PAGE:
So far, each of the awardees has only conducted once piece, with the rest of the concert handled by the main conductor. The only exception was in 2009, when Nicholas Dodd did all the Bond stuff in the second half.

Alan Silvestri not only conducted his Back To The Future Suite, he also conducted the song "Believe" from The Polar Express.

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A month before the event, things become clearer and below is the 3-day program prepared by the Hollywood in Vienna team.

http://jameshorner-filmmusic.com/hollywood-in-vienna-the-program/

Your website is nice Mr. JamesHornerFilmMusic, but there's a pesky automated spam thing when you leave out the page. Watch out.

I'm still not sure if Horner limits himself on coinducting just the TITANIC suite and let David Newman do the rest or how to interpret the different conductor announcements.

Conducting a live concert is a quite different beast than doing it in a studio recording. I don't know about Horner of course, but I guess most film composers don't feel particularly at ease when conducting in front of a very large audience if they're not accustomed to it. So better avoiding to look foolish and let someone more experienced doing it. I remember Trevor Jones looking quite nervous and upset when conducting a whole concert of his music in Madrid back in 2006.

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Horner conducted LSO in concert last year, when at Titanic 3D Royal Albert Hall première.

I think the reason behind composers not conducting is that they might want to simply enjoy themselves.


As a first part, science-fiction will be celebrated:
Impressions of Space Mountain – Steve Bramson
Star Trek – Jerry Goldsmith and Michael Giacchino
Gattaca – Michael Nyman
Artificial Intelligence – John Williams
Independence Day – David Arnold
The second part will be tribute to James Horner and will contain suites and themes from the following films:
Titanic
Apollo 13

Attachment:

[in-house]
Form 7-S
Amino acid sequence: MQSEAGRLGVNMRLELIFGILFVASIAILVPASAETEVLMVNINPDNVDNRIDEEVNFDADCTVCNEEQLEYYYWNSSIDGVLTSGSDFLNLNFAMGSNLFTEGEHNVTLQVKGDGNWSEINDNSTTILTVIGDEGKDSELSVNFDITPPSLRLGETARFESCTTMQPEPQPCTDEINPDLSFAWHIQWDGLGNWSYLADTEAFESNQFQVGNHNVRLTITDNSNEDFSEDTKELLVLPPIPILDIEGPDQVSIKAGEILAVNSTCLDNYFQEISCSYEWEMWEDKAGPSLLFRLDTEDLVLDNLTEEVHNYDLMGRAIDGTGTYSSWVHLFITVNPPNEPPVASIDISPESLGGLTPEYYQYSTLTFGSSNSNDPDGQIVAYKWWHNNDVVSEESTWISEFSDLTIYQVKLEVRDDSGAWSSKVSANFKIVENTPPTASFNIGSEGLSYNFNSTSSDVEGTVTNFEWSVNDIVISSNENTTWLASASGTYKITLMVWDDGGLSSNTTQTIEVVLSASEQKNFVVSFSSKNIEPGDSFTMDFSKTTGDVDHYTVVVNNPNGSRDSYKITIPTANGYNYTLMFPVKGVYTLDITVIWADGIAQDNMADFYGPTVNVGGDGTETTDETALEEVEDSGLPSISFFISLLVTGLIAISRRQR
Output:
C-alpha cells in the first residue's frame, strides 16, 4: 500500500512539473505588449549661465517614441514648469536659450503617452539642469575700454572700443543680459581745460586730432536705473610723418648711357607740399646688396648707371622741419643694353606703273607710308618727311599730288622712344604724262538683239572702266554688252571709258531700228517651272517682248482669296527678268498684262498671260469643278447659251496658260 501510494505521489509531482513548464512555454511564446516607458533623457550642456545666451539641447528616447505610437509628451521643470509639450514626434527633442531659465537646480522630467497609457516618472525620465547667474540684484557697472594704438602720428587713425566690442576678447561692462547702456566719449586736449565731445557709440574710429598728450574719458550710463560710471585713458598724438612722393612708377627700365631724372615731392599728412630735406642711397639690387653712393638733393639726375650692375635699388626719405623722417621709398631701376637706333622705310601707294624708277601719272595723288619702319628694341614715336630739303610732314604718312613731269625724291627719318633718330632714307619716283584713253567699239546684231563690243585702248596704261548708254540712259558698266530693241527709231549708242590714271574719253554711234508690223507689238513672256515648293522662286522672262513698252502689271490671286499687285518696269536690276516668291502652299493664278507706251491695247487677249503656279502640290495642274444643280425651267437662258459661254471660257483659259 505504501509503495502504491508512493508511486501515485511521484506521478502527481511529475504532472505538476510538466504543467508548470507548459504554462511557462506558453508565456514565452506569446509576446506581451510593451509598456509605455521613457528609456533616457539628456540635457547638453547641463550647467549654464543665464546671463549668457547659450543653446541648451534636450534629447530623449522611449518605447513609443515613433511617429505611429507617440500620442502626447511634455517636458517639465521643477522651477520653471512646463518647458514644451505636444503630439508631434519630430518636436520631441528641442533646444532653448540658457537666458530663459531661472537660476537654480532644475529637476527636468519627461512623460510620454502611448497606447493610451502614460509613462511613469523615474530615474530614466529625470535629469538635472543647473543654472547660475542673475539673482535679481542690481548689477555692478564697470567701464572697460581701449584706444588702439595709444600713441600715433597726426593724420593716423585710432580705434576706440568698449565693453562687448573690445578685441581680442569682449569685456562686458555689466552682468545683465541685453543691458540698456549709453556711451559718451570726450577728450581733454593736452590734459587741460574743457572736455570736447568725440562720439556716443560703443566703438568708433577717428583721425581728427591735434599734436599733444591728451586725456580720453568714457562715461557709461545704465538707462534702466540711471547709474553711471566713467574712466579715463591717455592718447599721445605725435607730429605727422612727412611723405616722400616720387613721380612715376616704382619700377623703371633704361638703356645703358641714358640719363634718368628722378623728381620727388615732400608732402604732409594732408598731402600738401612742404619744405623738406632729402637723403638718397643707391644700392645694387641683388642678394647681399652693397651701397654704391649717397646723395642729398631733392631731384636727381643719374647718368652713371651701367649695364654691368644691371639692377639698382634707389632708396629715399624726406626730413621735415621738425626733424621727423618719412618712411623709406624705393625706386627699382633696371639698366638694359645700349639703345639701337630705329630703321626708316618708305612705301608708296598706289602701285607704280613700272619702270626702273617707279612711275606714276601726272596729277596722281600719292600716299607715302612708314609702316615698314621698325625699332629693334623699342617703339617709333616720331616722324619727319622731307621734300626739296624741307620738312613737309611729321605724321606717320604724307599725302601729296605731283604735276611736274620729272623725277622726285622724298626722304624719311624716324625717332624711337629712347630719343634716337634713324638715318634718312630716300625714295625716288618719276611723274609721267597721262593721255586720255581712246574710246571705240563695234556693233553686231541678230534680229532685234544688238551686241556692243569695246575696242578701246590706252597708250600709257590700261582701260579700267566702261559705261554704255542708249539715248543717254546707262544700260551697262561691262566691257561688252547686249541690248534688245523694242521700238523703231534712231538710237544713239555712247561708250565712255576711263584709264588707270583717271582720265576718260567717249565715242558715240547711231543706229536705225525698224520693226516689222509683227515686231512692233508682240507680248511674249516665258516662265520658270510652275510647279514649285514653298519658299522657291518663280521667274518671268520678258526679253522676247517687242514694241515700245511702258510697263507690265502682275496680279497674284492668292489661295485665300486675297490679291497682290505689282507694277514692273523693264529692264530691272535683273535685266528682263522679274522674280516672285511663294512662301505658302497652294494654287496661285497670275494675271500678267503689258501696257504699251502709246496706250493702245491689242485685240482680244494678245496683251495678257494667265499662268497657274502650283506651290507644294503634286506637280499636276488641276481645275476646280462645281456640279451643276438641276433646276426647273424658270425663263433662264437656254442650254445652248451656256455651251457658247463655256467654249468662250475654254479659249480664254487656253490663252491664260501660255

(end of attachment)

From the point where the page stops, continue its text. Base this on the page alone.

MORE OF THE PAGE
Star Trek
Avatar
A Beautiful Mind
Legends of the Fall
Braveheart

A.I. will be played too, and Goldsmith.. Sweet!

Karol

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Hopefully that and The First Contact theme which is also awesome being played live.

In fact why don't they play the Star Trek medley that Goldsmith arranged for his concerts? They can probably add Nemesis (preferably Final Flight) in there somewhere 'cause JG didn't added that when he's still doing concerts.

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Hopefully The Enterprise cue. That would be awesome.

A.I. is a mystery though. Where Dreams Are Born is quite obvious choice, but The Mecha World is much more s-f.

Karol

Probably they'll get Nadine Beiler again to sing For Always (not the first time she sung a Josh Groban song in that venue!):

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chuckster312, on 03 Sept 2013 - 5:12 PM, said:

In fact why don't they play the Star Trek medley that Goldsmith arranged for his concerts? They can probably add Nemesis (preferably Final Flight) in there somewhere 'cause JG didn't added that when he's still doing concerts.

Judging from their track record so far, the Trek suite will probably be an uneven mess of bits and pieces from Goldsmith's main title and various bits from the other scores, joined together with more or less hard edits between the pieces.

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According to Sandra Tomek (the chief organiser), a new arrangement of An American Tail's Somewhere Out There will also be performed. Representing that tremendous animated film output.

Hopefully Jake's First Flight is Avatar's selection.

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http://hollywoodinvienna.com/en